The study is based on a secondary data analysis of qualitative studies on Asian American women's classroom experiences in predominantly White institutions. It finds that students of all racial/ethnic and gender backgrounds may resist their faculty role, oftentimes through uncivil behaviors. Students hold racial, gender, and ethnocentric stereotypes and biases of their teaching capabilities and course offerings. Teaching race–gender–class–nation courses can contribute to lower or mixed course evaluations. In claiming their rightful place, Asian American women faculty seek to make a difference through student-centered learning, innovative pedagogy, and new curricula that prepare students for a diverse and global society. They demonstrate their authenticity, authority, and agency in the ways they navigate challenging classroom situations and serve as role models for all students and faculty.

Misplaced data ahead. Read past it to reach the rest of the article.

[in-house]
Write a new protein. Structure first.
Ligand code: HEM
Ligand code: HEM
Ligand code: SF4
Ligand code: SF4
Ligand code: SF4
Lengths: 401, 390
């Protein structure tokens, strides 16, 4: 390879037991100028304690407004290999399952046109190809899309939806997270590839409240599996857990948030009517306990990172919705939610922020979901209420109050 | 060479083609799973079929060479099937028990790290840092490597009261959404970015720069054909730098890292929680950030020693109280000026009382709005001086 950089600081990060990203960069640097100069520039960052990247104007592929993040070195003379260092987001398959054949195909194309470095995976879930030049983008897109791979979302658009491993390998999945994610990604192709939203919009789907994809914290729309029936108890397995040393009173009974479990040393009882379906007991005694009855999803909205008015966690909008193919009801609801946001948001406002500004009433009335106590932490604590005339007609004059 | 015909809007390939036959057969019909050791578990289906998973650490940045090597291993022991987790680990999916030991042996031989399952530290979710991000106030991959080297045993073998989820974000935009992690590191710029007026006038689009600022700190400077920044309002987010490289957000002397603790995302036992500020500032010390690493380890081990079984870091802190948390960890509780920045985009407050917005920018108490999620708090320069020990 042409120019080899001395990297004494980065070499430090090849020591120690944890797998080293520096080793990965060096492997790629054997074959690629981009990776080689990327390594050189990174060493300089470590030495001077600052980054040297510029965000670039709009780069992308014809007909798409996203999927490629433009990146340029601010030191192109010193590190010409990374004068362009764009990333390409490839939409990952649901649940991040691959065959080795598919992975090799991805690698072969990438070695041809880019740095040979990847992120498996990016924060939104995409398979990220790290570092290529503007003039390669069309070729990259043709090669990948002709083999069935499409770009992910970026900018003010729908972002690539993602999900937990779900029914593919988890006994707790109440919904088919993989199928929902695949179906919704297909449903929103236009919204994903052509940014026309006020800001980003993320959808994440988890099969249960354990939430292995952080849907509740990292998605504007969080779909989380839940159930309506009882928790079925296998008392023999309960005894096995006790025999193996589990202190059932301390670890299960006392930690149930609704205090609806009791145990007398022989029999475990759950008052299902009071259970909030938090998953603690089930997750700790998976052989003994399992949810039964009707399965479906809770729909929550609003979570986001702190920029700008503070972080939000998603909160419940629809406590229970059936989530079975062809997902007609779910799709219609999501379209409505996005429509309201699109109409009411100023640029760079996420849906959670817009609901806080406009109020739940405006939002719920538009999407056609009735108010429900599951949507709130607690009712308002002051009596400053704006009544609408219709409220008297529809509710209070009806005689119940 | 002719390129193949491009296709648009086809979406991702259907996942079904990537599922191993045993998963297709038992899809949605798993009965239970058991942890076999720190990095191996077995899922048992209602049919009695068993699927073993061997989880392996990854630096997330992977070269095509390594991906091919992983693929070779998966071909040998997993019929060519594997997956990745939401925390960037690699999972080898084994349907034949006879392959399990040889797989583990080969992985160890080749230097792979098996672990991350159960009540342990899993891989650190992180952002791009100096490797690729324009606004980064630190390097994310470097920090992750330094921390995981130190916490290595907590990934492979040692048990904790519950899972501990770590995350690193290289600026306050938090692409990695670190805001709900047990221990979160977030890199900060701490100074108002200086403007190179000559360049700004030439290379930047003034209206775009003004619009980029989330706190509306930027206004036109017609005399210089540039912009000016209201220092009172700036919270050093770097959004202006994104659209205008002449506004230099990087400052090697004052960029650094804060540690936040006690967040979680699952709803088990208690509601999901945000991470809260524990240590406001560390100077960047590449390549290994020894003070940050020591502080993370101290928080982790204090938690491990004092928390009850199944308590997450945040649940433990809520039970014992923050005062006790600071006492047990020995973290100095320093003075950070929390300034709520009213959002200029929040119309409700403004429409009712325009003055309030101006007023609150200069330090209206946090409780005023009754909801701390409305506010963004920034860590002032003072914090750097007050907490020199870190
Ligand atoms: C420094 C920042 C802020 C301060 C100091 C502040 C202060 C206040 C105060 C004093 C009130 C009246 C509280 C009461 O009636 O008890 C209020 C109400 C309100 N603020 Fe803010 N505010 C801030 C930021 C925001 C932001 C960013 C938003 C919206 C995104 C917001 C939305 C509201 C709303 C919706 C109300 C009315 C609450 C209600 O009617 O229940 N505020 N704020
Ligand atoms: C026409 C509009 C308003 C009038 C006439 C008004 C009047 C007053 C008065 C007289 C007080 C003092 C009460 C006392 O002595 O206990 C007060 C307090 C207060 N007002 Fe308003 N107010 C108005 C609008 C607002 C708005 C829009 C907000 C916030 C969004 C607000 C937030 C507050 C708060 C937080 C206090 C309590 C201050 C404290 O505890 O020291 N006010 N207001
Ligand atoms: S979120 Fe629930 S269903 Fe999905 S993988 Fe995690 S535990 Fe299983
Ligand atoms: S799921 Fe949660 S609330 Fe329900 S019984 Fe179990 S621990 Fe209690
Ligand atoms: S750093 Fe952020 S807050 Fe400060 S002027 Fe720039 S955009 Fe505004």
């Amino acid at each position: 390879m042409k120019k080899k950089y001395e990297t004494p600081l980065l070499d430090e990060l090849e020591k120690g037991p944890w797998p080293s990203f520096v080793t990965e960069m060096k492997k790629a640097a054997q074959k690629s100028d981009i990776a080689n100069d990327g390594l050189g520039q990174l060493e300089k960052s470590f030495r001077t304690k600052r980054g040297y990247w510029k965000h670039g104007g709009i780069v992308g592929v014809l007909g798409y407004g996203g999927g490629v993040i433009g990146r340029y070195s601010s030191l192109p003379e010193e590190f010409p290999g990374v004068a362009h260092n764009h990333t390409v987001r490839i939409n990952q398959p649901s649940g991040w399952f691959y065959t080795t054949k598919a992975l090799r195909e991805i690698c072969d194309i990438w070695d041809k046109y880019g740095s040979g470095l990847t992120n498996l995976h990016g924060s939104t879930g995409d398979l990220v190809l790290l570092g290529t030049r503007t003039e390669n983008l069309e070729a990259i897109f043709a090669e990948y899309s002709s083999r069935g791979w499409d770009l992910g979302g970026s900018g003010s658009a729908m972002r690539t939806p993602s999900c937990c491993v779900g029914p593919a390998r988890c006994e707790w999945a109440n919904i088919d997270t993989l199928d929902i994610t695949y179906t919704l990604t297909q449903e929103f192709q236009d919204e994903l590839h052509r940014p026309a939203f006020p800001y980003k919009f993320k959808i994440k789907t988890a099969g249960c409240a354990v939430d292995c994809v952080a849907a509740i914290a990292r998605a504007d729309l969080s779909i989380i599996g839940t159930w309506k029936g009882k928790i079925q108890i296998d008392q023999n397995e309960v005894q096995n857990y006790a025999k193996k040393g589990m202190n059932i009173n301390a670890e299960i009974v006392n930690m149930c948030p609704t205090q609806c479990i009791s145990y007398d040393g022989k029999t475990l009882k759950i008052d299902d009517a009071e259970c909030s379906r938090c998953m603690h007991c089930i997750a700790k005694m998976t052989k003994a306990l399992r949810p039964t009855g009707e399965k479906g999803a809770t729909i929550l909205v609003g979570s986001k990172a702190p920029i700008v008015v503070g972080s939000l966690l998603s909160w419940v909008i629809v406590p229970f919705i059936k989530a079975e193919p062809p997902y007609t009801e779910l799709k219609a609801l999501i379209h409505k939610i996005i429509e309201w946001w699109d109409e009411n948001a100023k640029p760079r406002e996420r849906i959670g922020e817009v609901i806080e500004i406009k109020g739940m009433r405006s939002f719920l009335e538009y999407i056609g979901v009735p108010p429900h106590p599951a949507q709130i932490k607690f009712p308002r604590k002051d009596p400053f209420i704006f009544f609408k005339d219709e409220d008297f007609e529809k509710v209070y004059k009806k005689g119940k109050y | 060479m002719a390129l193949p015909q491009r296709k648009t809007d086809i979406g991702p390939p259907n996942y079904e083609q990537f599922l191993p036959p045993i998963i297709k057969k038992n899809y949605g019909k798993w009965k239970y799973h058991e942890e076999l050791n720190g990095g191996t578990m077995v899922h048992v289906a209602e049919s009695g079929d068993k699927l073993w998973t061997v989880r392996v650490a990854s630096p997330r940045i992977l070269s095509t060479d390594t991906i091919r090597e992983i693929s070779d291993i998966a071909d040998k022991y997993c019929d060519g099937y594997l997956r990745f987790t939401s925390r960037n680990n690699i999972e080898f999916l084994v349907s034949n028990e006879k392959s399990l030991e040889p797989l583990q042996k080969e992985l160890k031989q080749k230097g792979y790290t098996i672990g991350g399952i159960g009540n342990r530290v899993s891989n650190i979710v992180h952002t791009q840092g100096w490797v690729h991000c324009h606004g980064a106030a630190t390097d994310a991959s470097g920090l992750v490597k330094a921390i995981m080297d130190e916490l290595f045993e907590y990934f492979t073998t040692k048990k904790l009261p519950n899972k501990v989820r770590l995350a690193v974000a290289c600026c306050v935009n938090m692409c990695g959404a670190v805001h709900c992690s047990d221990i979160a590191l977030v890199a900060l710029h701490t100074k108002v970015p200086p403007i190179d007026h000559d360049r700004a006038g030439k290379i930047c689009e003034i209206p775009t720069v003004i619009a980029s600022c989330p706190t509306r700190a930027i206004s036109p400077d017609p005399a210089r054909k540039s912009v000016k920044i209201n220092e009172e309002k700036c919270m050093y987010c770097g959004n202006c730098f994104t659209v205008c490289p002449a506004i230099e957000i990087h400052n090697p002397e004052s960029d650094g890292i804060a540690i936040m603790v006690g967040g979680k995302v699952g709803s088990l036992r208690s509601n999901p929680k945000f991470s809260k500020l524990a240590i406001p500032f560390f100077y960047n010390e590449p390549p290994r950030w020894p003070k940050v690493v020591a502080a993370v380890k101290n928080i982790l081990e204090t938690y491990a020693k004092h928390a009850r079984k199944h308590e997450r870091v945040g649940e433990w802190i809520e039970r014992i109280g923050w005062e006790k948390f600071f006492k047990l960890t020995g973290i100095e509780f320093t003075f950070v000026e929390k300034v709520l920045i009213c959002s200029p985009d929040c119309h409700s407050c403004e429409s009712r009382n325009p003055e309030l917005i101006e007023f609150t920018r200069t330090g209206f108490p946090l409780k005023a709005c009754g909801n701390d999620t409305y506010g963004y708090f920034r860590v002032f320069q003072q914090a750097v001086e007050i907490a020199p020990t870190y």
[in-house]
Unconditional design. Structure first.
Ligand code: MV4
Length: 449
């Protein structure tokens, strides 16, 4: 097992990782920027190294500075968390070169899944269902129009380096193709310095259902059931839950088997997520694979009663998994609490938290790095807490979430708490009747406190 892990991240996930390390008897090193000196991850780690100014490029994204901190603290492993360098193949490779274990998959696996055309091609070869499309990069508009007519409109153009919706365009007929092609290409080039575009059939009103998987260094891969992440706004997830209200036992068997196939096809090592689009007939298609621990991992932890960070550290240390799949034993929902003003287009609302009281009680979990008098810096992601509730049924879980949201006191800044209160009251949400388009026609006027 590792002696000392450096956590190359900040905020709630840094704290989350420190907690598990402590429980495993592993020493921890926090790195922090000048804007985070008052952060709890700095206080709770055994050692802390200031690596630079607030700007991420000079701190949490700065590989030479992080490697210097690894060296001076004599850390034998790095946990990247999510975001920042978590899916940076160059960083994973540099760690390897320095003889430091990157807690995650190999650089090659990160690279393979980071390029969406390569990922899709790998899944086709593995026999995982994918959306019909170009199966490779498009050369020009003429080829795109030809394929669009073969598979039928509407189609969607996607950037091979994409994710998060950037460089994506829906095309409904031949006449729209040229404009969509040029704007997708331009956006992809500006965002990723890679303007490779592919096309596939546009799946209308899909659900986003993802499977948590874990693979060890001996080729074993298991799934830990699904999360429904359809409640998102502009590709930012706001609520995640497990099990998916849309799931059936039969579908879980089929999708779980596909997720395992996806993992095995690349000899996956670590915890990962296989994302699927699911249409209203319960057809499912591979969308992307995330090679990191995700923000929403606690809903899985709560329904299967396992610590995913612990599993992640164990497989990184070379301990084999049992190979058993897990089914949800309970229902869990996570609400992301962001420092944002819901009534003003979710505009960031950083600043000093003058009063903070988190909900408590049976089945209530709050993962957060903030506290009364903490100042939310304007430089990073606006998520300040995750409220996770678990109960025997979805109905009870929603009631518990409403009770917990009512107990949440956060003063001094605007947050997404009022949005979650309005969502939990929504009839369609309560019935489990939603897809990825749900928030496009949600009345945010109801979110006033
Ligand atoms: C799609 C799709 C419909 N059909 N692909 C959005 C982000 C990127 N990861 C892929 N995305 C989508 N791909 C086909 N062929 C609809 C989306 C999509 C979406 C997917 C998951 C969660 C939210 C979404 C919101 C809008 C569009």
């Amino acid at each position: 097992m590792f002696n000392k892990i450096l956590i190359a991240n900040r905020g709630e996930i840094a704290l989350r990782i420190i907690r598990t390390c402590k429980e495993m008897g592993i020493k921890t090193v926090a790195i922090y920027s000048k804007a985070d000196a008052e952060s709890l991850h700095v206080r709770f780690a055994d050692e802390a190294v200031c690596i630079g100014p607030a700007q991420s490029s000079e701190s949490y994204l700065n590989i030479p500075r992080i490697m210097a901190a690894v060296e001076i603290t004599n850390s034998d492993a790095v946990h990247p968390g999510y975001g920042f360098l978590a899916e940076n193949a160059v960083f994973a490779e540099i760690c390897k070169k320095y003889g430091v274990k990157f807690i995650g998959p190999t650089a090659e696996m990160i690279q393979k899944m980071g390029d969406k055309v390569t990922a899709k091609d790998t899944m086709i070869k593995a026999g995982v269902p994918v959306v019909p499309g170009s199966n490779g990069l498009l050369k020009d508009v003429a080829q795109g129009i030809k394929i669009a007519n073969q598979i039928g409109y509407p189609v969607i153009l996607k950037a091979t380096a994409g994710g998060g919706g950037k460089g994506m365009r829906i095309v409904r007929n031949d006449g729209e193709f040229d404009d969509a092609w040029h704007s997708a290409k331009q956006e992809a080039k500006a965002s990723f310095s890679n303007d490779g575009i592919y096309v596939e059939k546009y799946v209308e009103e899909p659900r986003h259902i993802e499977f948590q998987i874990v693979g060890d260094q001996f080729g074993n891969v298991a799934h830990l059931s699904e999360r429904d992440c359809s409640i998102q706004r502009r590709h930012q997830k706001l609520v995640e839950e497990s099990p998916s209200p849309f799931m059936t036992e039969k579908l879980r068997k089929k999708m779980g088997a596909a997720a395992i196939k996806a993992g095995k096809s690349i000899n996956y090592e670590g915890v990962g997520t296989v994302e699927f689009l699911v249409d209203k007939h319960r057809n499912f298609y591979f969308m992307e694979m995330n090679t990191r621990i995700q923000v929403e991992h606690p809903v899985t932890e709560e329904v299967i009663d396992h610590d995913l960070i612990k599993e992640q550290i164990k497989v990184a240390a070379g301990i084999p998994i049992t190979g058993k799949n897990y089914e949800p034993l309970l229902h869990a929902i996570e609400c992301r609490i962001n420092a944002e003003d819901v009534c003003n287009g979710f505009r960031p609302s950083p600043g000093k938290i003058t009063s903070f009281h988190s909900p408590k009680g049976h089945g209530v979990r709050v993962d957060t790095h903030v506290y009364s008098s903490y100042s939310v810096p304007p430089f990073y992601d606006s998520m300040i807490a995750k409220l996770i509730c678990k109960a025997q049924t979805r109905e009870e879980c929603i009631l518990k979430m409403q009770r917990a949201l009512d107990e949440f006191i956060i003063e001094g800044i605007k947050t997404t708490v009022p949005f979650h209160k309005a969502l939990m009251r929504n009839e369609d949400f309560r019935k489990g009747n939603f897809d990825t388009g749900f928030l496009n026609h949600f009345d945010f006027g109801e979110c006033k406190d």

Hune, S. (2011), "Chapter 14 Asian American Women Faculty and the Contested Space of the Classroom: Navigating Student Resistance and (Re)Claiming Authority and their Rightful Place", Jean-Marie, G. and Lloyd-Jones, B. (Ed.) Women of Color in Higher Education: Turbulent Past, Promising Future (Diversity in Higher Education, Vol. 9), Emerald Group Publishing Limited, Bingley, pp. 307-335. https://doi.org/10.1108/S1479-3644(2011)0000009019
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